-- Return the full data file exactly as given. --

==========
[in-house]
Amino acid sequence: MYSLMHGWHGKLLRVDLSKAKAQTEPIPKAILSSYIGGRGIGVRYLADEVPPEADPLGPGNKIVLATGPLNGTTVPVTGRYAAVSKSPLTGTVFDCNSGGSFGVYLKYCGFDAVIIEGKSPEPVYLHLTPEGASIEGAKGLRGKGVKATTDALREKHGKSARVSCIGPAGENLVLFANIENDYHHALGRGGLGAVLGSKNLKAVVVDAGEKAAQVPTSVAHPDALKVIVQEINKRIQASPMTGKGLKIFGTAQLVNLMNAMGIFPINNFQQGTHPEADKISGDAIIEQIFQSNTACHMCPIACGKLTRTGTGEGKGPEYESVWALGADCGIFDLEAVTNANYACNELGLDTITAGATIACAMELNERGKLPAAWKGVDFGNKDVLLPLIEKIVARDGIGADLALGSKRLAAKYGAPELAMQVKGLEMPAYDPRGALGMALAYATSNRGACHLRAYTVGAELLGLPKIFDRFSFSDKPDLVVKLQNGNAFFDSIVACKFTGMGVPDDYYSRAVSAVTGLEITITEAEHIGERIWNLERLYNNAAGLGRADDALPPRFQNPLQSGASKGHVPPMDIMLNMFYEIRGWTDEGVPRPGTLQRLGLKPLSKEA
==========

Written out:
[in-house]
Amino acid sequence: MYSLMHGWHGKLLRVDLSKAKAQTEPIPKAILSSYIGGRGIGVRYLADEVPPEADPLGPGNKIVLATGPLNGTTVPVTGRYAAVSKSPLTGTVFDCNSGGSFGVYLKYCGFDAVIIEGKSPEPVYLHLTPEGASIEGAKGLRGKGVKATTDALREKHGKSARVSCIGPAGENLVLFANIENDYHHALGRGGLGAVLGSKNLKAVVVDAGEKAAQVPTSVAHPDALKVIVQEINKRIQASPMTGKGLKIFGTAQLVNLMNAMGIFPINNFQQGTHPEADKISGDAIIEQIFQSNTACHMCPIACGKLTRTGTGEGKGPEYESVWALGADCGIFDLEAVTNANYACNELGLDTITAGATIACAMELNERGKLPAAWKGVDFGNKDVLLPLIEKIVARDGIGADLALGSKRLAAKYGAPELAMQVKGLEMPAYDPRGALGMALAYATSNRGACHLRAYTVGAELLGLPKIFDRFSFSDKPDLVVKLQNGNAFFDSIVACKFTGMGVPDDYYSRAVSAVTGLEITITEAEHIGERIWNLERLYNNAAGLGRADDALPPRFQNPLQSGASKGHVPPMDIMLNMFYEIRGWTDEGVPRPGTLQRLGLKPLSKEA